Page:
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NanCrisp 2 years, 2 months ago

A note about utilities and trying to attract new business, especially to an industrial park.

Many years ago I was directly involved with the Intech Park in Eudora. The company for which I worked owned the park, and my direct supervisor (the CEO) enlisted me to help our largest tenant, a national printing firm, try to resolve their eletricity cost dilemma. It seems the parent corporation had taken a look at the plant's electric bills and found that they were not only the highest amongst all of their plants nationwide, but significantly so.

Of course, my first call for assistance went to the Kansas Corporation Commission. They told me Eudora had "municipal" utilities (eletricity and water) and that the KCC, therefore, could not take up a grievance. I asked what our recourse would then be. They told me that municipal utilities are considered to be regulated by the taxpayers/constituents. I was told that if we didn't like the rates, we should vote in a new city council to help us get lower utility rates. In that case, it turned out that the mayor & council had a specific plan to rape the businesses on city utility rates in order to provide a lower mill levy overall for the townspeople. In other words, the printing plant owners weren't voters, so they were thrown under the bus. In the end, getting no relief from the City, the printing company put the plant up for sale and moved on to greener pastures in another state. Or maybe another country.

A cautionary tale for the City of Baldwin: If you want to attract national or even regional businesses to your town, you'd better make sure the utility rates you charge them are going to be competitive. Because in today's economy, they are definitely going to be savvy enough to draw that comparison against other possible locations. And they are definitely looking at other possible locations.

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1776attorney 2 years, 2 months ago

Thank you for commenting. I am not completely against economic development. What I am against is a plan that does not sound like a well-thought-out strategy and spending on economic development when so many other priorities exist. Amazingly our city leaders seem oblivious to these greater needs.

While I like the mayor and he deserves credit for hard work and dedication, I also think we hire a city administrator to act as a wise, experienced steward and adviser of the taxpayer's monies. So far, I don't feel Mr. Lowe is fulfilling these roles.

Successful city management is first judged on how well the administrator manages the "quality of living" issues- utilities, streets, city services. Once these issues are well-managed and fine-tuned, you have the foundation to attempt new projects when the economy is good and citizens are doing well.

In the 1970's, the city council spent $50,000 of taxpayer funds to establish an industrial park at the northeast corner of Highway 56 and High Street. The city installed electrical, sewage, water and some street infrastructure. The city also offered taxpayer funds to a 3-person "tee shirt" company to move to Baldwin City to be the first and for a long time "only" tenant in this industrial park. Eventually, Mr. Cutler (who founded and retired from Cutler Paving in Lawrence) built a large building to invent and tinker around in. For 20 years, these were the only tenants in this city industrial park. (Now there are more buildings and employers there, but 20 years later.)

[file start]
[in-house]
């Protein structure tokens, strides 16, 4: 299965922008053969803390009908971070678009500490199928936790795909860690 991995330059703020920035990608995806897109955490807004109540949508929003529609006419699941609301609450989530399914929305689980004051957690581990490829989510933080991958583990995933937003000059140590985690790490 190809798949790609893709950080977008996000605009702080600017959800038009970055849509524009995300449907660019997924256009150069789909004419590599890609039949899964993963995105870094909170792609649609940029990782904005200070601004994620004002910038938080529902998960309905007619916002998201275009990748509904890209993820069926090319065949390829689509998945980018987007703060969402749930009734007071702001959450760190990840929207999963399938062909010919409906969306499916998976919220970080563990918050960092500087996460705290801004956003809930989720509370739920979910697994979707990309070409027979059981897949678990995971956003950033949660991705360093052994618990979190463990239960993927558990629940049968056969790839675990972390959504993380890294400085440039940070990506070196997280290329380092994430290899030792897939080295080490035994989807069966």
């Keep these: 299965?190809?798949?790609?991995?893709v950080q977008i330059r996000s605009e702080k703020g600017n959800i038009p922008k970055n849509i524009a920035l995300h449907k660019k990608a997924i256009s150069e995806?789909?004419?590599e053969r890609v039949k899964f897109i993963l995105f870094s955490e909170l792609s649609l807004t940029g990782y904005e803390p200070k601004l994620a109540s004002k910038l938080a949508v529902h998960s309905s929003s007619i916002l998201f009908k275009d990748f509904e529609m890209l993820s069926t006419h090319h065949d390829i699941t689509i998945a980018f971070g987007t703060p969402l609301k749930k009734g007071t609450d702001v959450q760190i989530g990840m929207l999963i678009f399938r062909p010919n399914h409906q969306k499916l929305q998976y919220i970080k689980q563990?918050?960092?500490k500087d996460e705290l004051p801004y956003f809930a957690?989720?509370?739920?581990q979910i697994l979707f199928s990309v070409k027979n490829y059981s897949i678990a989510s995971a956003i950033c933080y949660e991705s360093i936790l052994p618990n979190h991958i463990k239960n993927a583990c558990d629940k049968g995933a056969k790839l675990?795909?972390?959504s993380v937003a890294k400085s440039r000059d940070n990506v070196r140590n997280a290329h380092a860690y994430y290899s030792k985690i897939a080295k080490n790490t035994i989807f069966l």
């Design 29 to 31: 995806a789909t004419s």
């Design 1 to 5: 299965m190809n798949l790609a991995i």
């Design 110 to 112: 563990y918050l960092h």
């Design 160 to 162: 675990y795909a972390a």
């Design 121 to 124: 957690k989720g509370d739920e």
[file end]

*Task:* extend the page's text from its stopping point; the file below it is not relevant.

These taxpayer funded industrial parks in this area of Kansas do not have successful track records, whether Eudora, Lawrence or Baldwin City. The East Hills Business Park in east Lawrence is almost empty with vacant buildings.

A developer is responsible for the streets, curbing and sidewalks in new developments. However, once installed, the city takes over all future obligations for maintenance, repair and replacement.

What attracts people to cities is modern and well-maintained infrastructure and amenities, including the quality of living.

Baldwin City just paid for a $700,000 sidewalk on North 1055 / 6th Street which will be used by maybe 5 people a day. I am told that next the City is planning on building a sidewalk along Highway 56 out to the new elementary school at considerable cost. (This is something the school district should have been responsible for (or planned better for), but of course, they have no money for this now).

All the while, there are many parts of Baldwin City that would just be happy with an asphalt street and not gravel. And curbing, sidewalks (that meet the ADA requirements), drainage and level streets seem a very basic quality of living issue.

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hyperinflate 2 years, 2 months ago

I guess I'm having a hard time swallowing the idea of "Destination City". I'd be interested in how much we paid for the consultant to help our City Council arrive at that conclusion, because anyone who has lived in this town for a decade or more knows that previous Councils had the vision of turning Baldwin City into another Westin Missouri. This drove lots of plans, including the downtown sidewalk stairs/ramps/rails project. Remember four years ago when that simple act was supposed to automatically cause more "destination" businesses to open downtown? We now appear to have only a single, open antique shop downtown (and really at the edge of downtown, not even serviced by the sidewalk/ramp project).

What I really suspect took place is that the whole "visioning" exercise didn't really do anything more than codify what certain Council members wanted prior to the exercise being undertaken. It seems rather silly to push all Baldwin City's chips on the table for a goal that has failed (spectacularly) to materialize after being the vision for as far back as 2002 or so. Nothing like banking on a completely recession-sensitive industry as the sole (or at least primary) goal for a town's economy.

Mark me down in the unimpressed column.

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Goldie 2 years, 2 months ago

Sounds like it's about time to run the good ole boy network out of town - while there is still a town to run them out of.

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baldwinfan 2 years, 2 months ago

I agree. We need to stop trying to "grow" Baldwin City off the current resident's backs. Stop spending out money. If people want to find Baldwin, they have Google. They don't need $50K worth of signs.

If a new resident wants to build a house in Baldwin, they get a tax break. If a current resident wants to build a fence on their own property, they pay full price for the building permit. Something is wrong with our tax and spend policy.